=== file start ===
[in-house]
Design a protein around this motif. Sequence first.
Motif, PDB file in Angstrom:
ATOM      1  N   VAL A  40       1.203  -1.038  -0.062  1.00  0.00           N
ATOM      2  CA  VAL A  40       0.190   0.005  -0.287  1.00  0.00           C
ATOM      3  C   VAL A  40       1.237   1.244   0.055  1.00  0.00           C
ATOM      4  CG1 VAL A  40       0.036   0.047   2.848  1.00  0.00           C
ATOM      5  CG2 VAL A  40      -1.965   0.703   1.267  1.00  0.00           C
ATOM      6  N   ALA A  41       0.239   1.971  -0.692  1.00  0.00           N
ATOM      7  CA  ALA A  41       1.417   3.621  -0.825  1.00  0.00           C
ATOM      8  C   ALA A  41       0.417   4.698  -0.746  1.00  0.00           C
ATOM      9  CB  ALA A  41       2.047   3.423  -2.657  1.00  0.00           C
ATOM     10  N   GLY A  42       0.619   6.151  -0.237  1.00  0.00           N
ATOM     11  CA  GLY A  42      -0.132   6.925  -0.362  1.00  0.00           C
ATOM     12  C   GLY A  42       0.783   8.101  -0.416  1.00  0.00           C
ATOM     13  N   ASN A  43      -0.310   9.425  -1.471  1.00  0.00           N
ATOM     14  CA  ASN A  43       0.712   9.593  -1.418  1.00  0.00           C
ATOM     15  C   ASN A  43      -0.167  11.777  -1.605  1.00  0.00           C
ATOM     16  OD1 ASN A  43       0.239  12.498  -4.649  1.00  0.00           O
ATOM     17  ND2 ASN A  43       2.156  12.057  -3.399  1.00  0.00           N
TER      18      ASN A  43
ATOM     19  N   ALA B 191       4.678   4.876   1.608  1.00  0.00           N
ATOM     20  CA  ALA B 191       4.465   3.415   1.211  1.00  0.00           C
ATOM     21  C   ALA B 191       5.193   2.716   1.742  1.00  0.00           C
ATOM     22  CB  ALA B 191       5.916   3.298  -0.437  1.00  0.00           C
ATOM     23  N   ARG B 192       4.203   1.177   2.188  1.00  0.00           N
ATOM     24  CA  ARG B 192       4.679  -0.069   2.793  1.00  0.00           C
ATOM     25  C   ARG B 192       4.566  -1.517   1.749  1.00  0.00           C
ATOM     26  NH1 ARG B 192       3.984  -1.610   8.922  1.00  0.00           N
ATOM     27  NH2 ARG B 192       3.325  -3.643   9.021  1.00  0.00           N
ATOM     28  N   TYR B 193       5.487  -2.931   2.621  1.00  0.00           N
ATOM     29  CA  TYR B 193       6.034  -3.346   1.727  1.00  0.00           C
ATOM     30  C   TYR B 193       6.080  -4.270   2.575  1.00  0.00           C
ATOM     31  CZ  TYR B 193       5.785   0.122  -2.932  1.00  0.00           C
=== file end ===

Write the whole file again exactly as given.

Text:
[in-house]
Design a protein around this motif. Sequence first.
Motif, PDB file in Angstrom:
ATOM      1  N   VAL A  40       1.203  -1.038  -0.062  1.00  0.00           N
ATOM      2  CA  VAL A  40       0.190   0.005  -0.287  1.00  0.00           C
ATOM      3  C   VAL A  40       1.237   1.244   0.055  1.00  0.00           C
ATOM      4  CG1 VAL A  40       0.036   0.047   2.848  1.00  0.00           C
ATOM      5  CG2 VAL A  40      -1.965   0.703   1.267  1.00  0.00           C
ATOM      6  N   ALA A  41       0.239   1.971  -0.692  1.00  0.00           N
ATOM      7  CA  ALA A  41       1.417   3.621  -0.825  1.00  0.00           C
ATOM      8  C   ALA A  41       0.417   4.698  -0.746  1.00  0.00           C
ATOM      9  CB  ALA A  41       2.047   3.423  -2.657  1.00  0.00           C
ATOM     10  N   GLY A  42       0.619   6.151  -0.237  1.00  0.00           N
ATOM     11  CA  GLY A  42      -0.132   6.925  -0.362  1.00  0.00           C
ATOM     12  C   GLY A  42       0.783   8.101  -0.416  1.00  0.00           C
ATOM     13  N   ASN A  43      -0.310   9.425  -1.471  1.00  0.00           N
ATOM     14  CA  ASN A  43       0.712   9.593  -1.418  1.00  0.00           C
ATOM     15  C   ASN A  43      -0.167  11.777  -1.605  1.00  0.00           C
ATOM     16  OD1 ASN A  43       0.239  12.498  -4.649  1.00  0.00           O
ATOM     17  ND2 ASN A  43       2.156  12.057  -3.399  1.00  0.00           N
TER      18      ASN A  43
ATOM     19  N   ALA B 191       4.678   4.876   1.608  1.00  0.00           N
ATOM     20  CA  ALA B 191       4.465   3.415   1.211  1.00  0.00           C
ATOM     21  C   ALA B 191       5.193   2.716   1.742  1.00  0.00           C
ATOM     22  CB  ALA B 191       5.916   3.298  -0.437  1.00  0.00           C
ATOM     23  N   ARG B 192       4.203   1.177   2.188  1.00  0.00           N
ATOM     24  CA  ARG B 192       4.679  -0.069   2.793  1.00  0.00           C
ATOM     25  C   ARG B 192       4.566  -1.517   1.749  1.00  0.00           C
ATOM     26  NH1 ARG B 192       3.984  -1.610   8.922  1.00  0.00           N
ATOM     27  NH2 ARG B 192       3.325  -3.643   9.021  1.00  0.00           N
ATOM     28  N   TYR B 193       5.487  -2.931   2.621  1.00  0.00           N
ATOM     29  CA  TYR B 193       6.034  -3.346   1.727  1.00  0.00           C
ATOM     30  C   TYR B 193       6.080  -4.270   2.575  1.00  0.00           C
ATOM     31  CZ  TYR B 193       5.785   0.122  -2.932  1.00  0.00           C